Posted in Journalism by Chris Burkett
Listen to Representative Mo Brooks' response to a question from MSNBC's Contessa Brewer. Then think about the real significance of her question, which reflects the Progressive belief that one must be an "expert" to hold valid opinions.
Contessa Brewer? Who is she? Matter of fact, who cares.
She is a standard-issue TV news commentator except that she is cuter than most. But she clearly does not have a degree in economics, nor does she do her homework. (Maybe her degree is in Communication and I wonder what "high honors" are in that field. This clip is all I have seen of the interview, but I wonder if the whole thing went as badly for her.
The irony about journalism and expertise is that the journalism schools have stressed method as expertise, but are ignorant of anything else outside of that narrow mindset. Dedication to "getting the facts" is useless without understanding of the fundamental principles and constitutional structure of American government, not to mention economics, morality, religion, the arts, etc., In other words, any reasonably intelligent persons can do journalism as long as they adopt the right pose as "neutral observers." They aren't happy with the limitations of that pose so they slide over into subtle and not-so-subtle advocacy of the political viewpoint to which they have not given very much thought and which they take entirely for granted.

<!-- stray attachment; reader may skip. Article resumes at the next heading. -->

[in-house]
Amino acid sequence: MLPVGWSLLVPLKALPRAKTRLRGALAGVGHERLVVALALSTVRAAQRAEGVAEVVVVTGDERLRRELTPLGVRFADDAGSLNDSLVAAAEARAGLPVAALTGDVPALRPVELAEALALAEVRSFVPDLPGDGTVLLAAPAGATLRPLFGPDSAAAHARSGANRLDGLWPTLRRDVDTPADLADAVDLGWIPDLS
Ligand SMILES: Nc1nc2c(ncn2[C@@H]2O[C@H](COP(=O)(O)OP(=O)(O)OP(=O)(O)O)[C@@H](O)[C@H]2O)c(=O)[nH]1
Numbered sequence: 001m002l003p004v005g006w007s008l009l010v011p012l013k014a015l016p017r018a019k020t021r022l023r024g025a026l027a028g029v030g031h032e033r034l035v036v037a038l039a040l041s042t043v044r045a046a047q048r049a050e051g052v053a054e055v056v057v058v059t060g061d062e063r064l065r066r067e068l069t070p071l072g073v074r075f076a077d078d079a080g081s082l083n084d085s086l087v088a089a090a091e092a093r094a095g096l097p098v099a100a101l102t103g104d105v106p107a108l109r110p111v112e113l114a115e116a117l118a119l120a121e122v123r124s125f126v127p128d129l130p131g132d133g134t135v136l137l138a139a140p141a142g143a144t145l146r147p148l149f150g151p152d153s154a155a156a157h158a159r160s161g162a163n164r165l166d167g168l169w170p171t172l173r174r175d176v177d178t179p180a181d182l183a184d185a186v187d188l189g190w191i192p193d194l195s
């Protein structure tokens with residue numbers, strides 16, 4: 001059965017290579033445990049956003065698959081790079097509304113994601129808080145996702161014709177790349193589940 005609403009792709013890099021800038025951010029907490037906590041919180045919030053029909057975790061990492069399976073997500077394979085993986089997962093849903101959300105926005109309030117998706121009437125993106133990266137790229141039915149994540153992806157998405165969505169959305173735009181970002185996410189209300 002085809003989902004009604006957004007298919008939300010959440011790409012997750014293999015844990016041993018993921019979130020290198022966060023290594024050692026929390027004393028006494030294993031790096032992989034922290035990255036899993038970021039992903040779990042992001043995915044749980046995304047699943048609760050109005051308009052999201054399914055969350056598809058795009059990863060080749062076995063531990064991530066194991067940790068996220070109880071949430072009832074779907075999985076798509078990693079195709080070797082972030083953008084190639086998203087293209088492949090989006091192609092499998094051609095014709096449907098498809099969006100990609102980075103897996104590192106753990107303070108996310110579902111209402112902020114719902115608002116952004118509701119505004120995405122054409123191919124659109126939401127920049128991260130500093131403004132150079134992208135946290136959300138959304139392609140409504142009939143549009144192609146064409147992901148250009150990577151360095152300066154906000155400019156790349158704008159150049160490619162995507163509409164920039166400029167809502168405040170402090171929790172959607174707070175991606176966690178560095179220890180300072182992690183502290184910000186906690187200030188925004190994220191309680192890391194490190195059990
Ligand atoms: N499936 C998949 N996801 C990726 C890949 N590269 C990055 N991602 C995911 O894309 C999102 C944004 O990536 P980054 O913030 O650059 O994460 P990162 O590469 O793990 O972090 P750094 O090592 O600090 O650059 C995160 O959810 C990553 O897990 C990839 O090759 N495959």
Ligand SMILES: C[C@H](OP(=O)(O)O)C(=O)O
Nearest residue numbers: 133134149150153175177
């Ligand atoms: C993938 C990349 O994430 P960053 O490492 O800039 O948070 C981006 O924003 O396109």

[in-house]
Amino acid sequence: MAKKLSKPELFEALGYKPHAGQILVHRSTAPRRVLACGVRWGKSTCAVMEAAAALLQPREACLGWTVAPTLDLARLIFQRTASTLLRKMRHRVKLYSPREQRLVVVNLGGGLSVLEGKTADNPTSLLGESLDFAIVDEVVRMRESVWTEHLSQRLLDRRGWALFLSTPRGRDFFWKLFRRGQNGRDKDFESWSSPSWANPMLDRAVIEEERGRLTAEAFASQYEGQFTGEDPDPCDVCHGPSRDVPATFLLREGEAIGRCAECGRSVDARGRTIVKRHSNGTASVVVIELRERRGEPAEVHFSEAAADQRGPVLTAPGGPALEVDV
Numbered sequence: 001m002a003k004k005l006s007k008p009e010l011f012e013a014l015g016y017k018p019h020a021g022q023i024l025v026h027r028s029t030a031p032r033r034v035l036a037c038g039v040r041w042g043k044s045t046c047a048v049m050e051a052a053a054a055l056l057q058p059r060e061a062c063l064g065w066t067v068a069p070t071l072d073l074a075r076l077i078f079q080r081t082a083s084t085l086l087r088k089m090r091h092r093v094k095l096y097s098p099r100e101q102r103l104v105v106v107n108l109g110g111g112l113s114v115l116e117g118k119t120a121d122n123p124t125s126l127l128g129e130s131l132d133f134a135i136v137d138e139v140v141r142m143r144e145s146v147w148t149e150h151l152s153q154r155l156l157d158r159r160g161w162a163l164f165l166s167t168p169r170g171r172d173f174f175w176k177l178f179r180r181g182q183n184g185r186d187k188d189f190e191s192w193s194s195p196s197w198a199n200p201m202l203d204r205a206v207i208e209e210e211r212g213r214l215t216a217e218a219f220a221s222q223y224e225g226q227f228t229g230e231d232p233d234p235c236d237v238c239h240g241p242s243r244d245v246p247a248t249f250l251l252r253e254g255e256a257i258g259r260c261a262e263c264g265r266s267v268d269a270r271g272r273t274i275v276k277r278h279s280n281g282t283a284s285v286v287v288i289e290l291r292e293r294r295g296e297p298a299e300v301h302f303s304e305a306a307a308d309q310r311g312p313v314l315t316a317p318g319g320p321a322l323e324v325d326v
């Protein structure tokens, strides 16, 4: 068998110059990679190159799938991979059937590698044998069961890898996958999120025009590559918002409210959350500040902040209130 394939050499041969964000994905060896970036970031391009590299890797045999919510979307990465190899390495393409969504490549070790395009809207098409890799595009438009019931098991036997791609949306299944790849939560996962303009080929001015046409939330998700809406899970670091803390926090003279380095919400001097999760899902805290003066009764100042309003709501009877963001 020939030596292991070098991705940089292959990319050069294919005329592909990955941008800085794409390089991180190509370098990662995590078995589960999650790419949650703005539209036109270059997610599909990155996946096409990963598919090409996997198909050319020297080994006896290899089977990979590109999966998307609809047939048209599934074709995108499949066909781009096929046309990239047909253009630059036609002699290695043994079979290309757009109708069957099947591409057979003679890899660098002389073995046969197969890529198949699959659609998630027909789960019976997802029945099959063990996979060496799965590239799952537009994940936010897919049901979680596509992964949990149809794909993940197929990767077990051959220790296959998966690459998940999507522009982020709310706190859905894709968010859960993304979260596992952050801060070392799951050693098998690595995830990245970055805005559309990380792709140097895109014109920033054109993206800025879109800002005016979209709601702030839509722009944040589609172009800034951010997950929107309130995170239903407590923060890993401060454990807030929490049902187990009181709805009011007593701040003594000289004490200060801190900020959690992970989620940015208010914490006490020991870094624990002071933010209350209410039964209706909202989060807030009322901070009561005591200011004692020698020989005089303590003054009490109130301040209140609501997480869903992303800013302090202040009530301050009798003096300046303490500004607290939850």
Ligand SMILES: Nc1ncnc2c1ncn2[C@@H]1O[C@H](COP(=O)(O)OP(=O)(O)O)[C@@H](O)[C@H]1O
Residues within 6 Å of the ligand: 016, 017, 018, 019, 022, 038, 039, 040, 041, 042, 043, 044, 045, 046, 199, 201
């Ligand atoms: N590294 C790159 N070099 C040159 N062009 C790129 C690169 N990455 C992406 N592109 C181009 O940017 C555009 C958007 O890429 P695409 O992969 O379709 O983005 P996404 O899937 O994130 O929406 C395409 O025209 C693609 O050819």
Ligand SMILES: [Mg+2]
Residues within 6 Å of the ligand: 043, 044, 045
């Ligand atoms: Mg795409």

I am told that is true in the field of education, too. I used to hear that from my friends in the MAHG program. Those friends were teachers who knew or sought to know more thoroughly the subjects they were teaching. That's why I like them so much.
One example of the other kind: I taught in a small high school with a teacher who said he was trained to teach anything, although his certification was in Physical Education. "As long as I have a textbook, I'm fine." He wasn't. As in journalism, method is nothing without informed content: nothing beats knowledge.
Do you have any examples of journalists who actually are or were "neutral observers"? My father tells me that when I was young, I was asked who my heroes were and I answered "Chet Huntley and David Brinkley". Dad was delighted; he thought they were always right. I figure that's why I thought they were heroic. My perception at the time was that they handled information with care and intelligence. Maybe they didn't and were as slanted as anyone today, but if so, they were slanted in a way that seemed straight to me, because my dad said they were right.
But who is worth listening to today?
Interesting that you should bring up Huntley and Brinkley. As a young Goldwater supporter, I came to loathe that NBC program, no less than the CBS and ABC versions. I remember that Brinkley openly mocked the U.S. policy of non-recognition of the Communist China because "it was there." Huntley's facial and expressions and tone of voice indicated how he felt about Goldwater. My dad got upset with me because I contradicted or criticized H & B, who he just thought were giving the news.
At the 1964 Republican convention, President Eisenhower got the biggest ovation when he denounced "sensation-seeking columnists and commentators." Left wing journalists acted as if persecution was in store for them, but in those days there were no alternative networks, and the "Fairness Doctrine" had effectively shut down conservative talk radio. (The requirement that critics had a right to reply convinced broadcasters to save themselves money, time and trouble by ending "controversial" programming.)